Poisonous to: Cats, Dogs
Level of toxicity: Generally moderate to severe
Common signs to watch for:
- Abnormal heart rate
- Cardiac arrhythmias
- Dilated pupils
Several types of plants contain naturally-occurring poisons that affect the heart, specifically cardenolides or bufadienolides. These poisons are called cardiac glycoside toxins, and they interfere directly with electrolyte balance within the heart muscle. The following plants are known to contain glycosides (please see specific plant for more information):
The toxins within these plants are similar to digitalis or digoxin, a common heart medication used in both human and veterinary medicine. The level of poisoning varies with the particular plant, part of the plant, and amount consumed. All parts of the plant are generally considered toxic – even the water in the vase has been reported to cause toxicosis. Clinical signs from ingestion include cardiovascular signs (e.g., abnormal heart rhythm and rate), electrolyte abnormalities (e.g., a life-threatening high potassium level), gastrointestinal signs (e.g., nausea, drooling, vomiting, etc.), or central nervous system signs (e.g., dilated pupils, tremors, seizures). In severe cases, an expensive antidote, digoxin-specific Fab fragments, can be used for severe, life-threatening cases.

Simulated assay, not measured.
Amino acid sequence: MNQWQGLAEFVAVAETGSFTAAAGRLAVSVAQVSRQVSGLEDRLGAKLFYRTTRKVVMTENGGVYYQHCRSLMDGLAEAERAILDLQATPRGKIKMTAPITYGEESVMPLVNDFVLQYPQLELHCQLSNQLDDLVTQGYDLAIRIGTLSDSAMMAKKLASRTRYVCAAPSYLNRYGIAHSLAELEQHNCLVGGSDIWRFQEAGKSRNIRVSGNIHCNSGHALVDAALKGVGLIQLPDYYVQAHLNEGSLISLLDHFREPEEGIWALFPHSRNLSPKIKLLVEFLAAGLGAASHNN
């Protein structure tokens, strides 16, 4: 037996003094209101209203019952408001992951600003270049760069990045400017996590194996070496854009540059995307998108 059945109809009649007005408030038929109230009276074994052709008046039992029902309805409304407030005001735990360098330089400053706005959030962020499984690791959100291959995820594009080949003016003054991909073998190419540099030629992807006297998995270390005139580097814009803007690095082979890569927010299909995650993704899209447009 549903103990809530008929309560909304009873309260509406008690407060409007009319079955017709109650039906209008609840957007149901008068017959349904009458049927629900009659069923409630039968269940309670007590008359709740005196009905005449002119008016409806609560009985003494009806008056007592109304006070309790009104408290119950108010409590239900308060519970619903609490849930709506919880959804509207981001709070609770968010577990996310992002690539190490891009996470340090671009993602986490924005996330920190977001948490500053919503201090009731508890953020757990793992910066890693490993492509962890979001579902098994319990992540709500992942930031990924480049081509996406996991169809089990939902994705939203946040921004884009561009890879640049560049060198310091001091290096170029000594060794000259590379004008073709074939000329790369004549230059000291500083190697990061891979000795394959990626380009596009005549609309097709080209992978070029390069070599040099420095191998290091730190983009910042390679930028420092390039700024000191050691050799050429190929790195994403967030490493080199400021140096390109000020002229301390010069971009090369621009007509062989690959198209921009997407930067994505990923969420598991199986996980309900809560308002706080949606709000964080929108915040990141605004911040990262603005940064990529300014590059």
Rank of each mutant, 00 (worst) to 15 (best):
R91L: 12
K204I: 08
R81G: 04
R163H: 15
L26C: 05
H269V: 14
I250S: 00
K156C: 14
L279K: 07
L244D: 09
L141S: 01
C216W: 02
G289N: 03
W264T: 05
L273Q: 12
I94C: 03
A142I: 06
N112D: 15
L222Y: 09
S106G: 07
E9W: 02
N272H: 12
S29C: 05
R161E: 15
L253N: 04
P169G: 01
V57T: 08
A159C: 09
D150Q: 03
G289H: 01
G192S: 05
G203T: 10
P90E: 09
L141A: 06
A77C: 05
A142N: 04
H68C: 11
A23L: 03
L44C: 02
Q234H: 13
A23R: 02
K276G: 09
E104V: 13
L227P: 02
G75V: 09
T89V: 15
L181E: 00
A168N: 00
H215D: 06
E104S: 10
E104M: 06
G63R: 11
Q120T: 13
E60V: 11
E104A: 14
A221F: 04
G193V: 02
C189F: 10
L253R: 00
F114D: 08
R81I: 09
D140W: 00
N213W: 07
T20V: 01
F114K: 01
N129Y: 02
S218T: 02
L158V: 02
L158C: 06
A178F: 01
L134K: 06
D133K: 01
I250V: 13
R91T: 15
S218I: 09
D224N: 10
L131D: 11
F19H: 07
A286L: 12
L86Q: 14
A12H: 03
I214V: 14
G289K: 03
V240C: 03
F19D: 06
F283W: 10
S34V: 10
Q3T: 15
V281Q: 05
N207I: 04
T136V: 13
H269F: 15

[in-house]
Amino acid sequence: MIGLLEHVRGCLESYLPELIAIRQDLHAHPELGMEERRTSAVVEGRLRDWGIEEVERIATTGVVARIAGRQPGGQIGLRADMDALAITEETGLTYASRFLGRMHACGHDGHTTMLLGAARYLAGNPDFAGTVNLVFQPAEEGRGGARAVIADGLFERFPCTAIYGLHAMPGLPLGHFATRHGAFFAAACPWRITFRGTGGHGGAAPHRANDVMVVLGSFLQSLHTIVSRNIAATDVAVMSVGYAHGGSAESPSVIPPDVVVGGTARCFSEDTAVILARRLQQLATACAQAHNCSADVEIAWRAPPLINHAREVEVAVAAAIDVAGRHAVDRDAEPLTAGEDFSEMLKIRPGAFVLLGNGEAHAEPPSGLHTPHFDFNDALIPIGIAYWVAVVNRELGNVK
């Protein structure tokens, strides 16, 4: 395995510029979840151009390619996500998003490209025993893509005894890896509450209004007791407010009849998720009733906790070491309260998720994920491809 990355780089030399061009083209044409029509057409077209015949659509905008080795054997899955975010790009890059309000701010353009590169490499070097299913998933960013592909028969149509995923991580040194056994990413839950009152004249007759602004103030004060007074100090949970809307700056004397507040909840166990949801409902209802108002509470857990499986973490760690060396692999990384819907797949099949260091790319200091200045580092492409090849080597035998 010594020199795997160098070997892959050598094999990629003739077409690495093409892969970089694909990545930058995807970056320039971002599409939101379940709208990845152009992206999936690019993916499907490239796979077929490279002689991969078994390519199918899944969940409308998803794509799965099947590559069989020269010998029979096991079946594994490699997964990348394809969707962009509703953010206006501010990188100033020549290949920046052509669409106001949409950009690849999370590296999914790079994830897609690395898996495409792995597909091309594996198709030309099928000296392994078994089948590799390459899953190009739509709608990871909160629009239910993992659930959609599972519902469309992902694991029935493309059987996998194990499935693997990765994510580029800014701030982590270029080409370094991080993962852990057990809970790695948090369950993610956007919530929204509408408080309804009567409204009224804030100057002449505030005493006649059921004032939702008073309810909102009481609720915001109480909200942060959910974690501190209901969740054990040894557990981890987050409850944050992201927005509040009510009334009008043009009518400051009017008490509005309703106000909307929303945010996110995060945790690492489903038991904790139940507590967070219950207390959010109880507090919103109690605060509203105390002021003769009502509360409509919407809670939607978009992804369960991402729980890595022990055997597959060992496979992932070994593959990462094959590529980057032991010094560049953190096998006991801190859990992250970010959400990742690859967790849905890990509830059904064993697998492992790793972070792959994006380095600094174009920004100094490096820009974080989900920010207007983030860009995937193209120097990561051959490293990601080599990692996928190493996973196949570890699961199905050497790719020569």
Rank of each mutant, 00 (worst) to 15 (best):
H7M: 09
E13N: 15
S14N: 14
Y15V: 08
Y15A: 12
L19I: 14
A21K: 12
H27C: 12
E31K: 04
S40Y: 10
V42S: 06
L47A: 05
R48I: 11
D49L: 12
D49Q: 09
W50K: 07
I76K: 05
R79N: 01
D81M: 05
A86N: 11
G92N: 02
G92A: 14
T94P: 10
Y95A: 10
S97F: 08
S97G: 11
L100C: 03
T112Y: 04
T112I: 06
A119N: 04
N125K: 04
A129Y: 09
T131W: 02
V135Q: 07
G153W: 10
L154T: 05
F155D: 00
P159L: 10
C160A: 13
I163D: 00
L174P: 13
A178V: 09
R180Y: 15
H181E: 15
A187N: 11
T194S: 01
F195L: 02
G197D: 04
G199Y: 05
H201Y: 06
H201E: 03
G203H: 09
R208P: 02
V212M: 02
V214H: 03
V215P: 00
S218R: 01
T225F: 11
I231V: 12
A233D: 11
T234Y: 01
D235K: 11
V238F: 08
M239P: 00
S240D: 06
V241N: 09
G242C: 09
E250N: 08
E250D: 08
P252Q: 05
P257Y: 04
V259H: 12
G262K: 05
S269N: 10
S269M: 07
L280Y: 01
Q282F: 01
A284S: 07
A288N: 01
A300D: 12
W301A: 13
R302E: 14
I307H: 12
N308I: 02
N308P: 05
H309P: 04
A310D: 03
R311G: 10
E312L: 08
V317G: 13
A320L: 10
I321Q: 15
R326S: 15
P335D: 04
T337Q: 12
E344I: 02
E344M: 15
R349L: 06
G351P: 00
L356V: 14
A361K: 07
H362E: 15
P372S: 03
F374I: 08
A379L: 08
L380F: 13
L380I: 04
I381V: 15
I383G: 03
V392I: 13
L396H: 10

Poison type: Plants
Scientific name: Asclepias spp.
Alternate names: Giant milkweed, cardiac glycoside, Asclepias